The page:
Reduction of protein synthesis and statin-induced cardiomyocyte cell death.
Cardiovasc Toxicol. 2007 ;7(1):1-9. PMID: 17646677
University of British Columbia, Level 9, 2775 Laurel St, Vancouver, BC, Canada V5Z 1M9. email@example.com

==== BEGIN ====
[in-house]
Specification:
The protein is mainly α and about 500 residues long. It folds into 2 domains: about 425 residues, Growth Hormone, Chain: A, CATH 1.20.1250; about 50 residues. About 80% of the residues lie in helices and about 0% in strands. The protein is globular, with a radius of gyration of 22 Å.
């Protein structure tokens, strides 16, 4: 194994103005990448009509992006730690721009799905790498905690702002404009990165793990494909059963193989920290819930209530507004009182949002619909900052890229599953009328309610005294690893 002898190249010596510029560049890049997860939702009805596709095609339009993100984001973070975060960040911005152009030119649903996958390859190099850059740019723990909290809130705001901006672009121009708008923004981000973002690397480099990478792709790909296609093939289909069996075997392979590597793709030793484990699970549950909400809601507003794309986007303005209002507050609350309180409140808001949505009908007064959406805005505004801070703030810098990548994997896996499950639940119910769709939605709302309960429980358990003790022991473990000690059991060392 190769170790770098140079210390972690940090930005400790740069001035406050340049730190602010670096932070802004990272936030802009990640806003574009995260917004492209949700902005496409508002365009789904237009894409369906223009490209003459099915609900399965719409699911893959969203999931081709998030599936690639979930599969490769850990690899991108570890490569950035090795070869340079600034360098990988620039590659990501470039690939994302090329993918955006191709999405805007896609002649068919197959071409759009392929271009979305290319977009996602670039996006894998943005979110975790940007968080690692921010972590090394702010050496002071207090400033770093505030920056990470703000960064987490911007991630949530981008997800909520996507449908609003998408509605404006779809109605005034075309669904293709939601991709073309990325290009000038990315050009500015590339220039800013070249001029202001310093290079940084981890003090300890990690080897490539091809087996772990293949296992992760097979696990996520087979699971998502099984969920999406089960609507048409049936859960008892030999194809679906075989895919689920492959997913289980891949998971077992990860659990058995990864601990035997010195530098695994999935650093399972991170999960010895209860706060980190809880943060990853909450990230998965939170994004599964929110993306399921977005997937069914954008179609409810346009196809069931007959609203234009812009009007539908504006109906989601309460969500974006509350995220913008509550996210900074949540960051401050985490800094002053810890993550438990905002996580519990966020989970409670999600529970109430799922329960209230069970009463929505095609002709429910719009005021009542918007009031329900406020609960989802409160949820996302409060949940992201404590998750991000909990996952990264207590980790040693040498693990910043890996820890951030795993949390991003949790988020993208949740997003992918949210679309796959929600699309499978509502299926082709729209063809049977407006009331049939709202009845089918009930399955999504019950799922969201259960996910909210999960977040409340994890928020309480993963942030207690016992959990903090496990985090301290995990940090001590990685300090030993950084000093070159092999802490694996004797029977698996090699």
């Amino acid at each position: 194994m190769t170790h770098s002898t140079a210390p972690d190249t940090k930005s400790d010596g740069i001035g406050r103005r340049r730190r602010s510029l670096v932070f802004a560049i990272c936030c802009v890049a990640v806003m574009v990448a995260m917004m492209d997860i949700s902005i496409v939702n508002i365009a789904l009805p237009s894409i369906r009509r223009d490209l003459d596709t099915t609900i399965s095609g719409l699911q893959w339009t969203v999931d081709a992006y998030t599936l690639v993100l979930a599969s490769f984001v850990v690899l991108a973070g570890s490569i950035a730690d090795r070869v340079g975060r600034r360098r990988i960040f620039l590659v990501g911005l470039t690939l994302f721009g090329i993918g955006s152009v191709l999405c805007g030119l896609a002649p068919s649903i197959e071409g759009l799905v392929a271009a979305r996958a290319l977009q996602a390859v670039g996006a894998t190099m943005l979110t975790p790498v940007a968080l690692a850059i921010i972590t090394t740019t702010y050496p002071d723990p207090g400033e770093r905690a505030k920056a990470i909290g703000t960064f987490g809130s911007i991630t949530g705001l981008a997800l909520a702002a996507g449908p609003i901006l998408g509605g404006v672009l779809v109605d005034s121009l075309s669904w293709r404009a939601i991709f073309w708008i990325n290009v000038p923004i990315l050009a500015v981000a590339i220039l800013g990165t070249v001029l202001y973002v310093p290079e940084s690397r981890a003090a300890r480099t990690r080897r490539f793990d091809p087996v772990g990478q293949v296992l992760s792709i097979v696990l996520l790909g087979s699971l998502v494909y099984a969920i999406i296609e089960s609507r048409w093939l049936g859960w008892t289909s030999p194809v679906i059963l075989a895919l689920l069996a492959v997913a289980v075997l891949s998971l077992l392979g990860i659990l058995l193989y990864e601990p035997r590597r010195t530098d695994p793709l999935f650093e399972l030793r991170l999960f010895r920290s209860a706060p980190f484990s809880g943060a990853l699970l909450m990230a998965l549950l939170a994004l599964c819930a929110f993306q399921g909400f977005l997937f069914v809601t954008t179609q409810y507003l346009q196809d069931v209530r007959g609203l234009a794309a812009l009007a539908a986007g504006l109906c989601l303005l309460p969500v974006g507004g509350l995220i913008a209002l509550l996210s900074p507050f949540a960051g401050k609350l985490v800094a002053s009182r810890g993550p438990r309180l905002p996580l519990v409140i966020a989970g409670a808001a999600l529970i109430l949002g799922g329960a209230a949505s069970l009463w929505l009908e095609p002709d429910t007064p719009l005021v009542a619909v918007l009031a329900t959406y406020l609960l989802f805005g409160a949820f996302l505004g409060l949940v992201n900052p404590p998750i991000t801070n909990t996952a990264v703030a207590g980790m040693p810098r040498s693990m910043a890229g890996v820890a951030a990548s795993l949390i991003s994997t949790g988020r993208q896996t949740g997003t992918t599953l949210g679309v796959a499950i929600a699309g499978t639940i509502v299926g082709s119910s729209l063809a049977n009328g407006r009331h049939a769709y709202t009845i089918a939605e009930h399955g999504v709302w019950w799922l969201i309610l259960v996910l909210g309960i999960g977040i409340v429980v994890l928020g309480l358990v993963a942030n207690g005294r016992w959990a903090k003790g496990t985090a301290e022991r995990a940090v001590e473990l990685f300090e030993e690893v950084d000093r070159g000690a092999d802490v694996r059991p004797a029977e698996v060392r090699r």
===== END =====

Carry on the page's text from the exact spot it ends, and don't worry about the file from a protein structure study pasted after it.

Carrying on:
The objective of this study was to determine whether an HMG Co A reductase inhibitor (statin) reduces protein synthesis in cardiomyocytes and whether this action maybe an underlying mechanism for statin-induced cell death. Cardiomyocytes from embryonic chick heart were maintained in culture. Cells exposed to lovastatin for 4 h showed a concentration dependent reduction in protein synthesis as assessed by [3H] leucine incorporation and [35S] methionine incorporation. Compared to control, lovastatin 100 microM, which produced a 25% increase in cell death, induced a three-fold reduction in methionine incorporation. [35S] methionine autoradiography showed little (new) protein synthesis at concentrations of lovastatin of 70 microM or higher; an effect that was not limited to specific proteins. Cardiomyocytes treated with lovastatin showed morphologic changes in the nucleoli consistent with insufficient protein synthesis. These cardiomyocytes manifested cell death under conditions of reduced protein synthesis. Interruption of protein synthesis with cycloheximide, a ribosomal RNA transcription inhibitor or reduction in protein substrate availability by lowering the media concentration of fetal calf serum was associated with a concentration-dependent reductions in cell viability. Importantly, stimulation of protein synthesis by higher concentrations of fetal calf serum limited lovastatin-induced cell death. These data suggest that statin-induced inhibition of protein synthesis is an underlying mechanism for statin-induced cell death.